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Men: Drunch is Wednesday Night!

July 11th, 2017

Chris Morton


Men’s Story Night returns Wednesday, July 6 at 6:30pm, at 1307 Karen Ave.

We’ll do two things at Men’s Story Night:

  • Eat Drunch (Breakfast-for-Dinner)
  • Listen to each other

Questions? Email Chris.

About Drunch

We’re making breakfast-for-dinner! Some items you might want to bring include:

Some possibilities include:

  • Pancake/Waffle mix
  • Bacon
  • Sausage
  • Morning Star Breakfast Patties
  • Biscuits
  • Frittata
  • Fruit
  • OJ
  • Cinnamon Toast
  • Cinnamon Toast Crunch

Refresher About Story Night

Story Night is a chance for one person to share a story, and for the rest of us to practice listening. This is a sacred space where we grow closer, and where we learn to hear the guidance of God’s Spirit.

Click HERE to read a one-page description of what to expect at Story Night.

This video explains what we mean when we’re describing “storytelling.”

The Learning Circle from FloodSanDiego on Vimeo.

Two storytellers are needed to share about a recent or powerful moment in their lives that they are still processing. Please email Chris if you can participate.

See you Wednesday!

Celebrating Our Victories—and Building on Them

July 10th, 2017

Chris Morton

What victories have you experienced since being a part of Austin Mustard Seed?

Perhaps you have learned new and challenging truths about following Jesus. Perhaps you have seen an old prayer finally answered. Perhaps you have made new and meaningful relationships.

As we grow and mature as a Church, it helps to ask the question “where have we already seen God at work?” and “how can join what we see him doing among us?”

Family Meeting: Lunch, Sunday, July 16

Next Sunday, in lieu of our normal after-Liturgy-lunch, we’ll stick around for a “working lunch”, where we discuss these ideas together.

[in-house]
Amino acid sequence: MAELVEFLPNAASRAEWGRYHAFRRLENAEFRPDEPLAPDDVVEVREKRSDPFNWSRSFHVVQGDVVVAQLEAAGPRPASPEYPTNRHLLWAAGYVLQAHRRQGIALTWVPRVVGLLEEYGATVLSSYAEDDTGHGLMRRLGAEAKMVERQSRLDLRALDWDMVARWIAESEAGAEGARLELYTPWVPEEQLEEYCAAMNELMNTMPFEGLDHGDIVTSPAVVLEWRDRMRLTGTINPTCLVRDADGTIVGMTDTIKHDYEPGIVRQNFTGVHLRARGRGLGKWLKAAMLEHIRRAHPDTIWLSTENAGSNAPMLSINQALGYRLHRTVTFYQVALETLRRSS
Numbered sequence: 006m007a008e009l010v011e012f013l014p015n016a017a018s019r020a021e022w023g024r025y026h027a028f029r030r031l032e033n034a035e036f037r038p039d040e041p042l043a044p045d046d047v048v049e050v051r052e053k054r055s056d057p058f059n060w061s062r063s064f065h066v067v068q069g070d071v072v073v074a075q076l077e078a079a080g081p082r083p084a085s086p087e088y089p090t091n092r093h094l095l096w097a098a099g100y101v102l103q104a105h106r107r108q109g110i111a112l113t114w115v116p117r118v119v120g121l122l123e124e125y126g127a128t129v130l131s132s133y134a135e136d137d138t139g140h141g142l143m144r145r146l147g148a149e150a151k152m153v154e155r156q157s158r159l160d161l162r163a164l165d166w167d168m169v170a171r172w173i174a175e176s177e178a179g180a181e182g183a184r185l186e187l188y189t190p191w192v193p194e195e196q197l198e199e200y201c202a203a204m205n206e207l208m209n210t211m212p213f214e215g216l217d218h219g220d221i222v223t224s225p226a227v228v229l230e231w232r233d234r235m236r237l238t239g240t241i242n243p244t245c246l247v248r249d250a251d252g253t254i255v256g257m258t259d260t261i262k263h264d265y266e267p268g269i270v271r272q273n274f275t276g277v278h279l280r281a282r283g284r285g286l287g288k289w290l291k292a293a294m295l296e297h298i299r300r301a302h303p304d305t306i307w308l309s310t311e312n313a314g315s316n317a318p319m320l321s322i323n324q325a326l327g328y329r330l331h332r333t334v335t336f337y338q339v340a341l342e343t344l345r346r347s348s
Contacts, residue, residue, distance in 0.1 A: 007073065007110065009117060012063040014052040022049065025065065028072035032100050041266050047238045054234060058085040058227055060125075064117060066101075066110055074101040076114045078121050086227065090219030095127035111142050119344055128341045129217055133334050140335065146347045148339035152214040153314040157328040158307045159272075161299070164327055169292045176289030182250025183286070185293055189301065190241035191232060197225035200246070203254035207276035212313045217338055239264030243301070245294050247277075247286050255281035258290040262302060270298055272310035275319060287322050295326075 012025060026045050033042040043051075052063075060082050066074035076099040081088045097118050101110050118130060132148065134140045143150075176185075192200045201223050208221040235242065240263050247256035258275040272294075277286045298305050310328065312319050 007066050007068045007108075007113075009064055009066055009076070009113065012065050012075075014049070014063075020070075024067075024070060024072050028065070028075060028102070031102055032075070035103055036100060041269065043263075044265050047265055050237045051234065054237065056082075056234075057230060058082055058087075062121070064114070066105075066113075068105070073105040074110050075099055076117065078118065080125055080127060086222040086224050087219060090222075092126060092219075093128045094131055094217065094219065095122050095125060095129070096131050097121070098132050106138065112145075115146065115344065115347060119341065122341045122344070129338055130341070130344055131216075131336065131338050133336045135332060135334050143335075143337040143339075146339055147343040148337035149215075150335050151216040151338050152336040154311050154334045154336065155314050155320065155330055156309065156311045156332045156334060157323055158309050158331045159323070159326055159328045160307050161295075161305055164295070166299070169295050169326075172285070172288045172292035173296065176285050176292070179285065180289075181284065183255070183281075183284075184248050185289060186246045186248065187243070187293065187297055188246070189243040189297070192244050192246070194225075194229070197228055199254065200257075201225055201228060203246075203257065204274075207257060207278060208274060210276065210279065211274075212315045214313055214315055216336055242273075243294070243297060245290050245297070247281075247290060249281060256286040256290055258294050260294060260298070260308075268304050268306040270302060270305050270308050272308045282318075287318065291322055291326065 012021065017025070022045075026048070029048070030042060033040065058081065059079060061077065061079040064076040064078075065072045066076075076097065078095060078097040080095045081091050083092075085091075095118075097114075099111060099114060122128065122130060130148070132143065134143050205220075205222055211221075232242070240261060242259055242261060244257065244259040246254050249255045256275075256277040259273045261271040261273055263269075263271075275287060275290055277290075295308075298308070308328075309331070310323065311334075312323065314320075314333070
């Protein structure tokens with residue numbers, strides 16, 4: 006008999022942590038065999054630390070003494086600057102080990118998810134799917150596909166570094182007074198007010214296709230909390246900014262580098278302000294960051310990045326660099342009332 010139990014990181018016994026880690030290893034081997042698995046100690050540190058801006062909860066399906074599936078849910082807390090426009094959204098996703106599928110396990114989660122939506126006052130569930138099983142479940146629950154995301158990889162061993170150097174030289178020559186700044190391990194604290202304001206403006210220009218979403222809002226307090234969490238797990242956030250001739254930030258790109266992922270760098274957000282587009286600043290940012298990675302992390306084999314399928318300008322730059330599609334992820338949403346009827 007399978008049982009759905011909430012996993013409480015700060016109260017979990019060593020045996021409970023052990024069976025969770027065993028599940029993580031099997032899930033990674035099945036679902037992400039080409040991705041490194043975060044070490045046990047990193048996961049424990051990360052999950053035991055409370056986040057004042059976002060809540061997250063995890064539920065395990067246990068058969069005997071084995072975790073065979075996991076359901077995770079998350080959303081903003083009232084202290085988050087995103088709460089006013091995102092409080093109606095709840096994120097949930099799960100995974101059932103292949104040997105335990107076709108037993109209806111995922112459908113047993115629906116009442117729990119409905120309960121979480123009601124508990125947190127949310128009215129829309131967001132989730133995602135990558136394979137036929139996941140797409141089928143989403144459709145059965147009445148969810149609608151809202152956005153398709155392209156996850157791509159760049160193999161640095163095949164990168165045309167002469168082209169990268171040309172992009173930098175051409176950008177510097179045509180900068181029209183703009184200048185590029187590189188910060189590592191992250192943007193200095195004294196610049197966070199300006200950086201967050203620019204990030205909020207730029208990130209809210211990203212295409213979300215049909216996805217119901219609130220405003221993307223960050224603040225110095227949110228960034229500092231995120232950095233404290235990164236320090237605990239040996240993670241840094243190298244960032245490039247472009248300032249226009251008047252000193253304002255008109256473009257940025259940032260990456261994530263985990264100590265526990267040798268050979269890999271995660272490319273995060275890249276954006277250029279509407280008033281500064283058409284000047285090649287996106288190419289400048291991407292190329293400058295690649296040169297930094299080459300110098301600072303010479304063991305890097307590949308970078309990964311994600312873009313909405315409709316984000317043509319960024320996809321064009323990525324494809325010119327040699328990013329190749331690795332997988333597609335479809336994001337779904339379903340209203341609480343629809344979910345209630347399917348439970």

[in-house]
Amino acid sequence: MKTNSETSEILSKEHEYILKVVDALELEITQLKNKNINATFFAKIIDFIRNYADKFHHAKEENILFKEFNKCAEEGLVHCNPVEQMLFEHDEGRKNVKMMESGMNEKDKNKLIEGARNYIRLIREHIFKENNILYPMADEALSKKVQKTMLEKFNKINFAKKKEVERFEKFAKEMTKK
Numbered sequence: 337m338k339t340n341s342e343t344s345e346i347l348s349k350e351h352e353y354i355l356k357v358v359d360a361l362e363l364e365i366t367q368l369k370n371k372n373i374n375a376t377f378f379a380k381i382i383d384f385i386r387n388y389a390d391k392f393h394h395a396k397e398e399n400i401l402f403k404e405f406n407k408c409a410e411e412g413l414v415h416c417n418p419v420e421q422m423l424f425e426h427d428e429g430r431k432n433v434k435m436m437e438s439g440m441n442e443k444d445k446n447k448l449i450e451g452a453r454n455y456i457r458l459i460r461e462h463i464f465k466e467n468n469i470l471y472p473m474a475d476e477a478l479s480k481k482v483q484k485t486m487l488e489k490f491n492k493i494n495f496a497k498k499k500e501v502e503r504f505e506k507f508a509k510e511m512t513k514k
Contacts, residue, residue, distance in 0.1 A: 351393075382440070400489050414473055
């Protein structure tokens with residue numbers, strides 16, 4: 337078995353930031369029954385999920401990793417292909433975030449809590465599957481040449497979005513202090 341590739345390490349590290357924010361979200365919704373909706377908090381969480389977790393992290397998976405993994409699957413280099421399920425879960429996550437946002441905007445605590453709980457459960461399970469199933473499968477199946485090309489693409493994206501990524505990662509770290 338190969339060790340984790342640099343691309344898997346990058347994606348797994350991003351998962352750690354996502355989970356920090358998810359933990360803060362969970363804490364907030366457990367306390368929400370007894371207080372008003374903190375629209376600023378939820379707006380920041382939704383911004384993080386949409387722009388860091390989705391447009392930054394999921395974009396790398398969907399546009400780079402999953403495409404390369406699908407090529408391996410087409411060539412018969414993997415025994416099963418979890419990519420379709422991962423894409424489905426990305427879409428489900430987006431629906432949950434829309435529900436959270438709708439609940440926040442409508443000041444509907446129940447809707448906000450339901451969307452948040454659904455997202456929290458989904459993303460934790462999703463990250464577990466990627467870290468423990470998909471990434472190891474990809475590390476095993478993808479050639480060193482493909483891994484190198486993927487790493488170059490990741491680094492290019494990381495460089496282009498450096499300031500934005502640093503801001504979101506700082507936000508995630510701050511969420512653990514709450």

Plan to join us in dreaming and praying about how to build on what God is already doing among us.


Song of Solomon 8 (Sermon 2017.7.2)

July 5th, 2017


Kevin Jordan shares from Song of Solomon 8.

The Song of Songs (also known as the Song of Solomon) is a passionate love song depicting the love shared between a bridegroom and his bride. Traditionally, though, it has also been understood to be an allegory or a picture of God’s love, particularly the love of Jesus Christ (the Bridegroom) for His bride, the Church and the Church’s love in response.

Song of Songs 8:6-7:

Place me like a seal over your heart, like a seal on your arm; for love is as strong as death, its jealousy
unyielding as the grave. It burns like blazing fire, like a mighty flame.Many waters cannot quench love;
rivers cannot wash it away. If one were to give all the wealth of his house for love, it would be utterly scorned.

From Kevin:

In the words of the Apostle Paul from Ephesians 3:17-19, “I pray that (we), being rooted and established in love, may have power, together with all the saints, to grasp how wide and long and high and deep is the love of Christ, and to know this love that surpasses knowledge—that (we) may be filled with the measure of all the fullness of God.” Amen.

How many of you have ever been bullied by the strong hand of death?

At the age of eighteen I left home to go to college. . .and I never again saw my mom healthy. Within a
year she was dead, her body ravaged by cancer. . .

Death, like a bully, pushes in uninvited, wreaking havoc in our lives, leaving in its wake tremendous pain
and grief. . .

Some of you in this room know exactly what I’m talking about: You too have been struck, stung, even
slammed and wounded by the strong hand of death.

Have you ever been pursued, captured, and held captive by the Strong Hand of Love, the Strong Hand
of God’s Love, which according to the Bible here in Song of Songs 8, is “as strong as death”?

“I could never myself believe in a God, if it were not for the cross. The only God I believe in is the One
Nietzshe ridiculed as ‘God on the cross’. In the real world of pain, how could one worship a God who was
immune to it? I have entered many Buddhist temples in different Asian countries and stood respectfully
before the statue of the Buddha, his legs crossed, arms folded, eyes closed, the ghost of a smile playing
round his mouth, a remote look on his face, detached from the agonies of the world. But each time after a
while I have had to turn away. And in my imagination, I have turned instead to that lonely, twisted,
tortured figure on the cross, nails through hands and feet, back lacerated, limbs wrenched, brow bleeding
from thorn-pricks, mouth dry and intolerably thirsty, plunged in God-forsaken darkness. That is God for
me! He laid aside his immunity to pain. He entered our world of flesh and blood, tears and death. He